At the register, as I was signing the receipt, I said to the cashier, "It looks like you're still setting things up here."

She looked at me, her wide young eyes ringed in heavy mascara, her upper lids full of clumsy mascara smudges.

"Well, if you're still moving stuff around, maybe you might think about moving the kids' section out of the back. It's right under the speaker, you know, and it's so loud, I sort of got worried about my baby's ears, so I couldn't spend a lot of time looking at things. So maybe that's not the best place for the kids' stuff."

The cashier's face betrayed no comprehension whatsoever. She didn't nod or make any "I see" sort of sounds. She remained entirely silent and affectless, her face slack, her eyes staring uncomprehendingly. Then I heard myself speaking, as if from a distance, and realized precisely what I would have thought of me if I were a 20-year-old salesgirl listening to an older woman complain about the kids' section. You stupid old boring housewife bitch, I would have thought, of course it's loud. If you don't like it, you shouldn't come in, and you definitely shouldn't bring your kid. What are you doing here anyway? This is not for people like you. You're not fooling anyone. Go away to Ann Taylor and buy some goddamn blouse or something. I suddenly felt about a hundred years old, a querulous old lady complaining to the youngsters about the gravy at the cafeteria. Horrified and unable to meet the cashier's silently scornful stare, I beat a panicky retreat out of the store, clutching my new T-shirt. I felt shaken and a little ashamed as I made my way, like the old boring housewife bitch that I am, to the organic grocery store to pick up some things for dinner.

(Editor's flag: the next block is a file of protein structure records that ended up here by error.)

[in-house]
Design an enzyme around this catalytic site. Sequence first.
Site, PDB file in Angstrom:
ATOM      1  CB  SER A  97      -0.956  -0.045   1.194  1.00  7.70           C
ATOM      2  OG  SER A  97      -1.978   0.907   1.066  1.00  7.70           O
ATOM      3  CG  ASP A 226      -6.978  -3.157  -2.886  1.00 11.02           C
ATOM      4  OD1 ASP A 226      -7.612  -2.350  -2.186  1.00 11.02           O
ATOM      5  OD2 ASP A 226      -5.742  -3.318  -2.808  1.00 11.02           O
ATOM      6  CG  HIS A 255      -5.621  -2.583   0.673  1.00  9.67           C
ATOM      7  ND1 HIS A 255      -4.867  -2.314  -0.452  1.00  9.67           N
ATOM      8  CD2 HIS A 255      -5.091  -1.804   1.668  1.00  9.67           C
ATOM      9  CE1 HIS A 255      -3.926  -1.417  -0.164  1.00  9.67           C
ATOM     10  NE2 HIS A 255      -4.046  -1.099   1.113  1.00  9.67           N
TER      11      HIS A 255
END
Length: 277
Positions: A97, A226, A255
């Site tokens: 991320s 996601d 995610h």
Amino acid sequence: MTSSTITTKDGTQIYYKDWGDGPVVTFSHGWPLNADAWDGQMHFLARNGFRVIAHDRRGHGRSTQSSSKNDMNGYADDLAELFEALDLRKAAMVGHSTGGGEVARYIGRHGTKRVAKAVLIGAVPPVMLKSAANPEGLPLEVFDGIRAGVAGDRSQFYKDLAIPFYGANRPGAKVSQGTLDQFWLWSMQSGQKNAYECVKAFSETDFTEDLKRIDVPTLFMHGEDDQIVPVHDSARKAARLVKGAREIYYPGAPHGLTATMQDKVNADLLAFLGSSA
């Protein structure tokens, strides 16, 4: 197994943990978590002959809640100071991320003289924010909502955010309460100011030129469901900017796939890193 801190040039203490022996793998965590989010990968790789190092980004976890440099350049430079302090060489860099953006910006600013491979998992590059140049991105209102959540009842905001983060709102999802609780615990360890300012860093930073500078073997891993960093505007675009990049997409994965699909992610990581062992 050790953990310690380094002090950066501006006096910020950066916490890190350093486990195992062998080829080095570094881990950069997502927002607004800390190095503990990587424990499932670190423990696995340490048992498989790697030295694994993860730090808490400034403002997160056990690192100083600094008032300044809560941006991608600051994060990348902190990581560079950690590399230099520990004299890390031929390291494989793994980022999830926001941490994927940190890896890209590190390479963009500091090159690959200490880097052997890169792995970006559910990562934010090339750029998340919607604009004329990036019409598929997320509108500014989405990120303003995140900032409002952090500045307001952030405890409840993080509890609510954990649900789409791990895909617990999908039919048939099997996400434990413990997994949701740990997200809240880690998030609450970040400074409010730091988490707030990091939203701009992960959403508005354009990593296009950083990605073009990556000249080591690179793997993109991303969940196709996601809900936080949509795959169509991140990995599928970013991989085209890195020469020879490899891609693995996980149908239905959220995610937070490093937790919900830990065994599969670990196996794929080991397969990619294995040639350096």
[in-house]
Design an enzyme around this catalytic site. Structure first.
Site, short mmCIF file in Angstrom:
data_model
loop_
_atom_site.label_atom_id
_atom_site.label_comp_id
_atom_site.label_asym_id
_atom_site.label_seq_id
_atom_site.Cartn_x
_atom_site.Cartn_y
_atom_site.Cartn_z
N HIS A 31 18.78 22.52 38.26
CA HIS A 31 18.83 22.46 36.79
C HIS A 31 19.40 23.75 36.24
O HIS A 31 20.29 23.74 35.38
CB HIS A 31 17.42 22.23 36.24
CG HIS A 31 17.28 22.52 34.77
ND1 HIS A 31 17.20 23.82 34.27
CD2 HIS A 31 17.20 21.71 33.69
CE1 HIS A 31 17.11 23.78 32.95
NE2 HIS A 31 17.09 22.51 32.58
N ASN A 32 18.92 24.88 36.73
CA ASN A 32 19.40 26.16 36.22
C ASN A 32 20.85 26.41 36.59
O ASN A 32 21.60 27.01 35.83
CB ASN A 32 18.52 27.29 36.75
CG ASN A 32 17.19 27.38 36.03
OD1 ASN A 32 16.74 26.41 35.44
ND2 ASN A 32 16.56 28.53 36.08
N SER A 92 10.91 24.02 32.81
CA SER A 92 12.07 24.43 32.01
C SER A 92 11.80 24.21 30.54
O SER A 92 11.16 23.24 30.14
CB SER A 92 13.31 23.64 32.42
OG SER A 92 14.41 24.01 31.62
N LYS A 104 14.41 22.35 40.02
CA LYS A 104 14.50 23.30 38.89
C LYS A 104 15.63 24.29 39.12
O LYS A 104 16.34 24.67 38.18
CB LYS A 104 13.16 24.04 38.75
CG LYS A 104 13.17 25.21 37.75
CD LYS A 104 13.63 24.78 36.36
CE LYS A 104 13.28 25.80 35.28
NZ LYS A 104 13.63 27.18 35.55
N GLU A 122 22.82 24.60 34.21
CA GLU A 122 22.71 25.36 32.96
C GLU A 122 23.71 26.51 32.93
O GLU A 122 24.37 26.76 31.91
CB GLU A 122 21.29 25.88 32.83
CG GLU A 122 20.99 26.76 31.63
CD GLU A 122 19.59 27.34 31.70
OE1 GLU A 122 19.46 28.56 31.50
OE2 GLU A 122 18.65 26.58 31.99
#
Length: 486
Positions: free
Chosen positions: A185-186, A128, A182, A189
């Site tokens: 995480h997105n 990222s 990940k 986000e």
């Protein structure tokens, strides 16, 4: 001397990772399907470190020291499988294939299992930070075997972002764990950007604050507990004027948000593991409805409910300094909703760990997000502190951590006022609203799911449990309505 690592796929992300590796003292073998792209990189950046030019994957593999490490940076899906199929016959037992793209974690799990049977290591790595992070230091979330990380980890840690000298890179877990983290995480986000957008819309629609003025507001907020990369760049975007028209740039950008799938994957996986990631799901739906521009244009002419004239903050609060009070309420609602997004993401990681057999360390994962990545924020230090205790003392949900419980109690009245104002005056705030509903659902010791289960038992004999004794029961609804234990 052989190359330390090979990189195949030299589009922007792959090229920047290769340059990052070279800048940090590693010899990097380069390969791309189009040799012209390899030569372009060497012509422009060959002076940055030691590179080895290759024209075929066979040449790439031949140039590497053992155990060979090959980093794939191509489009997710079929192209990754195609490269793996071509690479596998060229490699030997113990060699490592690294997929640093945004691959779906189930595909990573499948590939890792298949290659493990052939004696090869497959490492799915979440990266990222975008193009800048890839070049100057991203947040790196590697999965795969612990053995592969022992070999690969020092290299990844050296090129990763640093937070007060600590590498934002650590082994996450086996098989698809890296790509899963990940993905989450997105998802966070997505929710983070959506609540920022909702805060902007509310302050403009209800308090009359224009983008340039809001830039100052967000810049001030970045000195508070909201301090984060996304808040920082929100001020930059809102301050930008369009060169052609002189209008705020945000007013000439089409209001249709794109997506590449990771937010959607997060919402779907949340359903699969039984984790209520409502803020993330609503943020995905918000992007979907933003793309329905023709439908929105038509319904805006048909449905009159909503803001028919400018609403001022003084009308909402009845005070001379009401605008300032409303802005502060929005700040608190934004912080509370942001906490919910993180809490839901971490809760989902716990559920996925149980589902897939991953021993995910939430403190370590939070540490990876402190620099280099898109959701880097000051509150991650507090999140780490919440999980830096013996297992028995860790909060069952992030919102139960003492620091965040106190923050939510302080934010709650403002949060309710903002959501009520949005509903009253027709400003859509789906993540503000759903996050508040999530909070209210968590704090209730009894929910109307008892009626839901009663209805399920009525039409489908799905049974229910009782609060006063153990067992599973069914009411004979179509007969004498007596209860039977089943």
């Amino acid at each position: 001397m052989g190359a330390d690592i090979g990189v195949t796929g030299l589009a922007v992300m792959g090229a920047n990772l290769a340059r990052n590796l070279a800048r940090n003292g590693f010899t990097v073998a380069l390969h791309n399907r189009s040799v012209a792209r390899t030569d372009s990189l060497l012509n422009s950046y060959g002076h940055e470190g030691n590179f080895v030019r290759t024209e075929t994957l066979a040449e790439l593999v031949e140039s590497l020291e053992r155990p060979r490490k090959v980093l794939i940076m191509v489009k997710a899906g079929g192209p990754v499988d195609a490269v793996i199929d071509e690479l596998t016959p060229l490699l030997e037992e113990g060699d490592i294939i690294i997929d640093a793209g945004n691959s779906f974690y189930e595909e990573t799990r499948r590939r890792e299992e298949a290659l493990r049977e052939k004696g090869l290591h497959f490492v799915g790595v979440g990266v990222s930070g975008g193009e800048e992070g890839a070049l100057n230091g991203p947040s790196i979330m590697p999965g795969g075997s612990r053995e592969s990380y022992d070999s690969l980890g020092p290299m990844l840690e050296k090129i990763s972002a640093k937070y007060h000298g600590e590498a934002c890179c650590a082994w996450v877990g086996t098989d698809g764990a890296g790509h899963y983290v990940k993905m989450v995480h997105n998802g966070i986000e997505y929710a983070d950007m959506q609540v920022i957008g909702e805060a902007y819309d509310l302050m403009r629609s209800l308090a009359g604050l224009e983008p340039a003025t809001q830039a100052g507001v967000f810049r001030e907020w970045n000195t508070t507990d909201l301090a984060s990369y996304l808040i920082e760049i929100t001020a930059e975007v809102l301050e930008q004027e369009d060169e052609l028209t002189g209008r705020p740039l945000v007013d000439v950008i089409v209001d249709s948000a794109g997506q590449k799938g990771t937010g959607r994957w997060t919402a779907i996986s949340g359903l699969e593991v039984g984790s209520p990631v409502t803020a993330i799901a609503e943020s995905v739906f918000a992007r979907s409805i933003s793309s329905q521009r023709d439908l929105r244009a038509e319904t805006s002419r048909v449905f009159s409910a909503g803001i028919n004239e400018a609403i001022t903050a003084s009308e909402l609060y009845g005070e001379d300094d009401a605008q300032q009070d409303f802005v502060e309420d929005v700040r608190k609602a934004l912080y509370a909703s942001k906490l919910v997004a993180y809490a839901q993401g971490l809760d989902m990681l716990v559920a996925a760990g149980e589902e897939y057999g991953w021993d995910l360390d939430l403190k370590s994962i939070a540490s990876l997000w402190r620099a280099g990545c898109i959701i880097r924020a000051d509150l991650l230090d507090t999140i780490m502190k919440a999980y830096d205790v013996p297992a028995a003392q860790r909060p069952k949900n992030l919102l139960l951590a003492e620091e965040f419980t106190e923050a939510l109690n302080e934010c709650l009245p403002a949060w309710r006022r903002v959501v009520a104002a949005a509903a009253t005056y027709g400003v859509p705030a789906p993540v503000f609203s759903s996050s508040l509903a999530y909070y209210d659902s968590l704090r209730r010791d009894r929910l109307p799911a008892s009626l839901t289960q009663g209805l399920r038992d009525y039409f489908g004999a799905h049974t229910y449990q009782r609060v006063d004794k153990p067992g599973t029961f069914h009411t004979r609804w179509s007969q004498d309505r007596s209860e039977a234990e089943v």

Later that evening, I decided that I didn't want the shirt after all, but it was too late, as I had already worn it and stained it with tomato sauce.